This film image released by IFC Films shows Isaiah Washington as John Allen Muhammad, foreground, [auth] and Tequan Richmond as Lee Boyd Malvo in “Blue Caprice.” (AP Photo/IFC Films)
LOS ANGELES (AP) — “Blue Caprice” is a disturbing, masterfully controlled thriller based on the 2002 sniper attacks in the Washington, D.C., suburbs. The national discussion of mass shootings and gun control stands to heighten the impact of director Alexandre Moors’ head-turning debut, which is driven by performances of brooding intensity from Isaiah Washington and Tequan Richmond.
Following a grainy montage of news and surveillance video accompanied by traumatized 911 calls reporting shootings in the D.C. area, the story opens amid the lush island vegetation of Antigua in the Caribbean. A teenage boy, Lee (Richmond), watches in mute fury as his mother leaves their home to take work elsewhere, saying she’ll be back for him. But as her absence stretches on, Lee grows bored, frustrated and then desperate, seemingly attempting to drown himself in the rough surf.
He is rescued and taken in by John (Washington), a visiting American whose three young daughters have been removed from their country in violation of a custody agreement. With no word from Lee’s mother, John eventually takes him back to Tacoma, Wash.
From early in their relationship, John begins drilling his life-is-unfair views into Lee, whose absence of a father figure renders him highly susceptible to the older man’s influence. The bottomless pit of John’s anger becomes steadily more apparent back in the U.S., as he takes Lee on a tour of the middle-class suburban neighborhood of his former life. He talks of the evil that lives there, the ghosts left behind, and the vampires like his ex-wife, who sucked him dry. Since their return from Antigua, she has taken out a restraining order against him and removed their children to parts unknown. This gnaws at him like a cancer.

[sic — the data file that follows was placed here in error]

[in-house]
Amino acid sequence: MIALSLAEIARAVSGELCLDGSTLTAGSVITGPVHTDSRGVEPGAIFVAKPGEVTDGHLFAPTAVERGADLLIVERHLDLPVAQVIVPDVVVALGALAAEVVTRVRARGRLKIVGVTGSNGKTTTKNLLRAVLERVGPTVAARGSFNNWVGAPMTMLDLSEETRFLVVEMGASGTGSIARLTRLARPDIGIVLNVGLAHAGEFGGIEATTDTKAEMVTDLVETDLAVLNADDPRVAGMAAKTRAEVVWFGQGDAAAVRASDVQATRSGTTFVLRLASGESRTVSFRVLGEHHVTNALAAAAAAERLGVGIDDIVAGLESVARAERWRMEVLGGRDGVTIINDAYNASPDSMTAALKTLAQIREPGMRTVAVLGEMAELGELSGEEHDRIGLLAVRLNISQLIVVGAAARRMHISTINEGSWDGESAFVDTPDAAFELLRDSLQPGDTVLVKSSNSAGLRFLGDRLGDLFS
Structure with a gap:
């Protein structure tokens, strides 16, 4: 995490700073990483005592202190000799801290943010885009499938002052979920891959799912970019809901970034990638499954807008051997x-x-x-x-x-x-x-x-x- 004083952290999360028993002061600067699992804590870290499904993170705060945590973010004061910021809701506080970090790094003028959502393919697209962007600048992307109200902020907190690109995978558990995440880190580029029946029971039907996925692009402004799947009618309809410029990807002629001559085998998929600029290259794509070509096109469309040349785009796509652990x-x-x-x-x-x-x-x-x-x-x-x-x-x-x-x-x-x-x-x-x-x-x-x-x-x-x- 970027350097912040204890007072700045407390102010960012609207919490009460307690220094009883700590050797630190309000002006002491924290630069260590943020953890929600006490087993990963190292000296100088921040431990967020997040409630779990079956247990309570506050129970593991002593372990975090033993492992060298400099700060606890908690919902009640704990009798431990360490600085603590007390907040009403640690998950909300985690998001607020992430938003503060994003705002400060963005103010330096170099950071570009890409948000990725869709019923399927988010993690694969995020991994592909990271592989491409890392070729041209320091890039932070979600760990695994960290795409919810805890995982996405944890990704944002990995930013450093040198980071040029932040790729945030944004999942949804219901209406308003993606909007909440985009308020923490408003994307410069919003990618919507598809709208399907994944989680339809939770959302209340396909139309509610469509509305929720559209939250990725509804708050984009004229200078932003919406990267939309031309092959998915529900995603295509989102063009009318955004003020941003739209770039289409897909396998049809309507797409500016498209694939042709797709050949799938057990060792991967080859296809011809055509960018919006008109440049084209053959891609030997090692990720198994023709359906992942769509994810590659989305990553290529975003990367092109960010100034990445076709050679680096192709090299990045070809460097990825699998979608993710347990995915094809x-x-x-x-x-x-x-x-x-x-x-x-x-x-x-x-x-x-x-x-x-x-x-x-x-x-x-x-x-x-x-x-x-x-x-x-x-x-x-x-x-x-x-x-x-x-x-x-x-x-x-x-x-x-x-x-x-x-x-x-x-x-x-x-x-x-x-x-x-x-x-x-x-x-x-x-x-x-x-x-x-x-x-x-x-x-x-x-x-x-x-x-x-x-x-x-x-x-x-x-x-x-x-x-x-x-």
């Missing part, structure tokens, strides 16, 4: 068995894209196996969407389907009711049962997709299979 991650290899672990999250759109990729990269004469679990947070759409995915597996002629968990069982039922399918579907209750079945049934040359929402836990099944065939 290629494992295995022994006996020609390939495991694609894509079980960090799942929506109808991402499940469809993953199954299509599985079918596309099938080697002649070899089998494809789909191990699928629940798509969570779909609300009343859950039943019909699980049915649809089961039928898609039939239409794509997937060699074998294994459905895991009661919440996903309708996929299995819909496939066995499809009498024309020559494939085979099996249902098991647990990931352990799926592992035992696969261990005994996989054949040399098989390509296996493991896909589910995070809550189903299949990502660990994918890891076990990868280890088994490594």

When Lee is taken along with John and his Army buddy Ray (Tim Blake Nelson) to let off steam with some target practice in the woods, he reveals himself to be a natural with a gun. Watching the boy’s face the first time a semi-automatic “widow-maker” is placed in his hands is especially disquieting in light of recent events. After John’s erratic behavior gets them kicked out by his girlfriend (Cassandra Freeman), they end up staying with Ray and his equally trashy partner Jamie (Joey Lauren Adams), providing access to Ray’s arsenal of firearms.
Some of the film’s most powerful scenes are brutal interludes in which John subjects his young protege to various tests, leaving him tied to a tree overnight in the woods or forcing him to fight in a systematic campaign to harden the boy and break his moral resistance.
Demanding proof of Lee’s love and gratitude, John instructs him to shoot a woman who testified against him during the divorce proceedings. That initiation kick-starts the escalating chain of violence that leads them to the D.C. area, where John has traced his estranged family.
Showing refreshing faith in the audience’s ability to connect the dots, Moors employs frequent narrative ellipses and nonlinear editing to strong effect. The film expertly manipulates mood and atmosphere with a muscular sound design that juggles dense textures, uneasy silences, a suspenseful score and striking classical music choices. Visually, too, the work is impressive, with cinematographer Brian O’Carroll’s nighttime shots of the Caprice cruising along the Beltway planting an ominous sense of dread.
The randomness of the Beltway killing spree shocked America a decade ago but recedes from the national memory with every new mass shooting. Revisiting that episode, the filmmakers have made a smart, sobering movie that speculates with compelling detachment on how the abhorrent urge to take innocent lives might evolve.
“Blue Caprice,” an IFC release, is rated R by the Motion Picture Association of America for “disturbing violent content, language and brief drug use.” Running time: 93 minutes.
MPAA rating definition for R: Restricted. Under 17 requires accompanying parent or adult guardian.